Not to sound like the ultimate company man, but I thought Bob McKenzie’s trade primer piece was an excellent read.
I was fascinated by one point in particular regarding Calgary Flames defenceman Kris Russell. Among other things, McKenzie noted that it was more than within the realm of possibility that Russell could be staring down the barrel of a five-year, $5-million AAV deal. McKenzie noted that this sort of deal would be similar to what players like Edmonton’s Andrej Sekera, Minnesota’s Jared Spurgeon, and Montreal’s Jeff Petry received in their respective deals.
I genuinely do believe that Russell is going to be paid this off-season, be it from Calgary or another team in the market for what they perceive to be a shutdown defenceman.
I just think it’s a waste of money.
The perception of Russell as a lockdown defender is a textbook example of ignoring how hockey has evolved. There is little doubt in my mind that players cut from Russell’s cloth had very real value in the yesteryear of hockey, where having a fearless shot blocker and general physical presence on the blueline was a necessity.
But the game has changed. True shutdown defensive defencemen are few and far between around the league, and they have generally stuck around because they are absolutely dominant specimens in the defensive zone. I think Chicago’s Niklas Hjalmarsson is probably the best example – a guy who might chip in offensively from time to time, but whose real value comes from stifling presence in the home plate area of the defensive zone.
Far too often, general managers still see players like Russell and think Hjalmarsson. I think there’s a massive distinction between the two. Types like Hjalmarsson bleed next to nothing in terms of shots against or scoring chances against, and consequently, they’re rarely scored on. Types like Russell spend every waking shift in the defensive zone, having to block an endless supply of shots against because they can never breakout and flip the pressure onto their opposition.
I think everyone would agree that Hjalmarsson is a defensive defenceman of the highest order. I think everyone would agree that some of Russell’s contract comparables – from Sekera, to Spurgeon, to Petry – are all over the map as it pertains to their defensive prowess. And I think everyone would agree that the take on Russell is that most of his perceived value is in the defensive zone. (After all, he’s been out-scored by Scott Hannan over the last three years.)
At the very least, one would assume that Russell would show as a better defender than some of the above guys, particularly since some of the above guys also have established themselves a bit more in the offensive zone.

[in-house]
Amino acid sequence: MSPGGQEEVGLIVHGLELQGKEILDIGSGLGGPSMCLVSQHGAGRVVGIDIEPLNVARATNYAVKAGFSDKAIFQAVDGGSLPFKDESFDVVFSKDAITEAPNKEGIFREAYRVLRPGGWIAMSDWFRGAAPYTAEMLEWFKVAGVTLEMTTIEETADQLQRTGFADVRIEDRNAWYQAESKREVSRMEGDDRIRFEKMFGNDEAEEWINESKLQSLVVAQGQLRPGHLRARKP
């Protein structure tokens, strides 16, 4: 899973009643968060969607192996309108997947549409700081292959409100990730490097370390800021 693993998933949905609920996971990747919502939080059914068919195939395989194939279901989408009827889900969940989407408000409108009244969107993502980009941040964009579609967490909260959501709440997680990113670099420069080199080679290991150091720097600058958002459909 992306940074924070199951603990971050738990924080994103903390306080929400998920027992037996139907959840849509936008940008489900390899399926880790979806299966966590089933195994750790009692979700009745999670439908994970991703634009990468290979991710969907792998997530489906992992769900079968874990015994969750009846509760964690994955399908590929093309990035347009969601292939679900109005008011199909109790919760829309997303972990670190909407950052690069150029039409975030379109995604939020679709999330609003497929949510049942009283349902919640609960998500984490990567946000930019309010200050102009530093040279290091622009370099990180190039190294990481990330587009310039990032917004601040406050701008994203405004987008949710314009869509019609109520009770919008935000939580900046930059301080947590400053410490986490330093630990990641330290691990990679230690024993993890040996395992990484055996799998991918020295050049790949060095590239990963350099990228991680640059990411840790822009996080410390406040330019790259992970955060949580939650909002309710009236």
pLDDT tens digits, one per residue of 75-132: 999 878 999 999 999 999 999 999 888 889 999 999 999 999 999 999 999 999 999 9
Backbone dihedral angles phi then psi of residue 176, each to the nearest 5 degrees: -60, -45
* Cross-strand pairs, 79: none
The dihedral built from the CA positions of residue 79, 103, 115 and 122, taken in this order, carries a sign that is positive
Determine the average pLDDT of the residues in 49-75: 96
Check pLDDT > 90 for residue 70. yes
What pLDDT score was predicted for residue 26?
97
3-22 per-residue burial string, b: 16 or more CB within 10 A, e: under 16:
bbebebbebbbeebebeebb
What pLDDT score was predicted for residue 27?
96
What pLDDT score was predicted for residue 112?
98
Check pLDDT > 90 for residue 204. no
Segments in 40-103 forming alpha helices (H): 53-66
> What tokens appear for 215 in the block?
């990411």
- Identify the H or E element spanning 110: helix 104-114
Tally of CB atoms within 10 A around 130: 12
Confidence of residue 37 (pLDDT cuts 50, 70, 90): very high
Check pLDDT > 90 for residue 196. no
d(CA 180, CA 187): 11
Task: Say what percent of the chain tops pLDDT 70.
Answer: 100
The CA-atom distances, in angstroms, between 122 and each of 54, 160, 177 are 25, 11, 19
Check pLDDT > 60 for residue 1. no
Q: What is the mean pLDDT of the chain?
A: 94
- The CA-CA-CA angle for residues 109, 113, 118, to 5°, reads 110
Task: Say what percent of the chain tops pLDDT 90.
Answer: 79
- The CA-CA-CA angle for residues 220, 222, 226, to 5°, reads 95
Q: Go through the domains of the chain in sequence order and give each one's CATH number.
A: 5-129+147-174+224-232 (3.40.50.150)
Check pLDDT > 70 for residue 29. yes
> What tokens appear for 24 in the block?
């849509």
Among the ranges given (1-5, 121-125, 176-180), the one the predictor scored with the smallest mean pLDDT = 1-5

But is that the case?
I pulled the last three years of defensive zone data – scoring chances allowed, shots allowed, and goals allowed (bubble size) – for the purposes of analyzing these five defenders. Does anything stand out about Russell?
Relative to these four players – three contract comparables, and our gold standard defensive defenceman – Russell is an absolute sieve in his team’s zone. He bleeds shots and scoring chances against, and his goals-against average is decimal points from being dead last (Petry just inches him out here).
What I think is manifesting here is that Russell’s skill of shot-blocking isn’t so much a skill as it is a necessity. Since he’s always in the defensive third of the ice, he frequently has to block shots. Perhaps in some instances a single shot block will lead to a scoring chance turned aside and a breakout for his team. But in other instances, that shot block only acts as a stopgap of sorts – the opposition corralling the puck and, once again, firing a shot in on the net Russell is defending.
Ultimately, this is where I think Russell gets himself into trouble. For years now in Calgary he’s won the hearts of fans as being the type of player who will lay it all on the line, and that’s a great mentality to have. The problem is he’s never really established himself as anything more than a shot-blocking presence who can pick up the occasional helper. His two bona fides – blocking shots and, generally, playing a physical brand of hockey – don’t seem to help his game much in the defensive zone.
You’re left to ask one question: What exactly does he bring to your team, and how does that translate into bunches of wins in the standings? I don’t have a good answer to that question. I doubt many do.
Can Russell play for my team? On a third-pairing in a well-defined role, almost certainly. Can he play for my team on a $25-million contract that almost guarantees he’ll be seeing top-four minutes? No. Not even close.
Kris Russell’s going to be billing himself as a shutdown defender who can chip in a bit offensively. I’m suspicious he’s effective in any way at mitigating defensive zone damage, since he’s been drastically out-played by alleged lesser players in the defensive zone, many of whom have played in similarly tough situations.